Prisoners we’ll focus on are longterm political prisoners from Black liberation, to Earth and Animal Liberation, to anti-police violence activists caught up in prison whose birthdays are coming up or who are facing severe repression. Or, just come and write a letter you’ve been meaning to write to someone else. It’s a nice environ for that sort of thing.
Extinction Rebellion week of action
The movement to halt and roll back human driven climate change called Extinction Rebellion is planning some upcoming events in the so-called U.S. in line with a worldwide call for action over the week of April 15-22nd. Check out https://extinctionrebellion.us/rebellion-week for info and ways to plug in. If you’re in the L.A. area, see our shownotes for a fedbook link to some of their upcoming events. And remember, practice good security culture by not giving up as little info as possible. Keeping your info more secure today ensures your ability to fight with less hindrance tomorrow!
Marius Mason moved
Anarchist political prisoner Marius Mason has been moved to a prison in Connecticut, a change viewed as a success by his supporters as he’s closer to family by hundreds of miles. If you’d like to write him a letter to welcome him to his new place, consider writing him at the following site, but make sure to address it as follows:
Now, here’s a statement by the Highlander Research and Education Center outside of New Market, TN, about the fire early on March 29, 2019:
“Early this morning, officials responded to a serious fire on the grounds of the Highlander Research and Education Center, one of the nation’s oldest social justice institutions that provides training and education for emerging and existing movements throughout the South, Appalachia, and the world.
As of 6am, the main office building was completely engulfed and destroyed. One of ten structures on approximately 200 acres, the building housed the offices of the organization’s leadership and staff. Highlander’s staff released the following statement:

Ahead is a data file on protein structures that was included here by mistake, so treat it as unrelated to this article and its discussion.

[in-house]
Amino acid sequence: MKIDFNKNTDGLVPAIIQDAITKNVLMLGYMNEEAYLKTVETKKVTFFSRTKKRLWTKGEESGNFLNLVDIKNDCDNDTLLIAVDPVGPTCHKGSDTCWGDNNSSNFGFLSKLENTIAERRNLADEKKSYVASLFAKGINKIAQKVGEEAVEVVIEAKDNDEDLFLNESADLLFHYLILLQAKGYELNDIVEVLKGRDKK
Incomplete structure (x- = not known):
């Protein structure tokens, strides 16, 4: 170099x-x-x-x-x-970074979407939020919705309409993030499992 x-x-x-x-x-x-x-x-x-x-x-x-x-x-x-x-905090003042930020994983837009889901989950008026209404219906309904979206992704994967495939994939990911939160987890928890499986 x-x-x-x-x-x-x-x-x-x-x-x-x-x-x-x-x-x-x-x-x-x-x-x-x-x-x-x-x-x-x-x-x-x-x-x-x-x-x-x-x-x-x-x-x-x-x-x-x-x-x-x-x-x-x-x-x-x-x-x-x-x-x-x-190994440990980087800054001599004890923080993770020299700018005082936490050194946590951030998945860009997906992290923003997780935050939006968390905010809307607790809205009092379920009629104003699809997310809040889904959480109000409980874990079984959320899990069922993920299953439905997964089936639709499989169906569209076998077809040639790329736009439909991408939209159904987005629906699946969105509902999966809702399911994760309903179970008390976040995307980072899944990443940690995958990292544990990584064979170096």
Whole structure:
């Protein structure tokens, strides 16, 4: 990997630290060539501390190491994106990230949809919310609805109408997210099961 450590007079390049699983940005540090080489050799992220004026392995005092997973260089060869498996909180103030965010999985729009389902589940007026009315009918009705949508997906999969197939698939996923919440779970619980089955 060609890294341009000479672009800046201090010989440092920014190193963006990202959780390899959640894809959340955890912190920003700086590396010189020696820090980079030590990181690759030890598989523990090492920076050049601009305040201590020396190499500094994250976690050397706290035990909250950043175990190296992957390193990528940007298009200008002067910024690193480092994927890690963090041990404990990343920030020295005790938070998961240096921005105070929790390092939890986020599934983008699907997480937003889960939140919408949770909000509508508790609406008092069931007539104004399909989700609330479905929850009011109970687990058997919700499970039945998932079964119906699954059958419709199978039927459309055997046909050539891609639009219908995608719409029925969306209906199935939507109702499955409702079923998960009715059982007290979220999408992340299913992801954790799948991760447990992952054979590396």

“Highlander has been a movement home for nearly 87 years and has weathered many storms. This is no different. Several people were on the grounds at the time of the fire, but thankfully no one was inside the structure and no one was injured.
“While we are physically unhurt, we are saddened about the loss of our main office. The fire destroyed decades of historic documents, speeches, artifacts and memorabilia from movements of all kinds, including the Civil Rights Movement. A fuller assessment of the damage will be forthcoming once we are cleared to enter the remains of the building.
“We are grateful for the support of the many movements who are now showing up for us in this critical time. This has been a space for training, strategy and respite for decades and it will continue to be for decades to come.
Fire officials are working to determine the cause as quickly as possible and we are monitoring the investigation closely.” –Ash-Lee Woodward Henderson and Rev. Allyn Maxfield-Steele, Co-Executive Directors, Highlander Research and Education Center.
Highlander has played a critical role in the Civil Rights Movement, training and supporting the work of a number of movement activists: Rosa Parks prior to her historic role in the Montgomery Bus Boycot, members of the Student Nonviolent Coordinating Committee (SNCC), Septima Clark, Anne Braden, Martin Luther King Jr., James Bevel, Hollis Watkins, Bernard Lafayette, Ralph Abernathy and John Lewis.”
On March 25, 2019, Charlotte-Mecklenburg police officer Wende Kerl shot and killed Danquirs Franklin in the parking lot of the Burger King on Beatties Ford Rd in Charlotte. Police narratives posit that Mr Franklin was armed and posing a threat, while eye witnesses say that Danquirs Franklin interceded against an armed man bothering an employee and that the armed man ran away before the police arrived, who then shot the first black man they encountered. Friends at Charlotte Uprising have been holding vigil and fundraising for Danquirs Franklin’s family as the police’s actions leave his child fatherless. More can be found at the Charlotte Uprising twitter and fedbook pages. Rise In Power, Danquirs.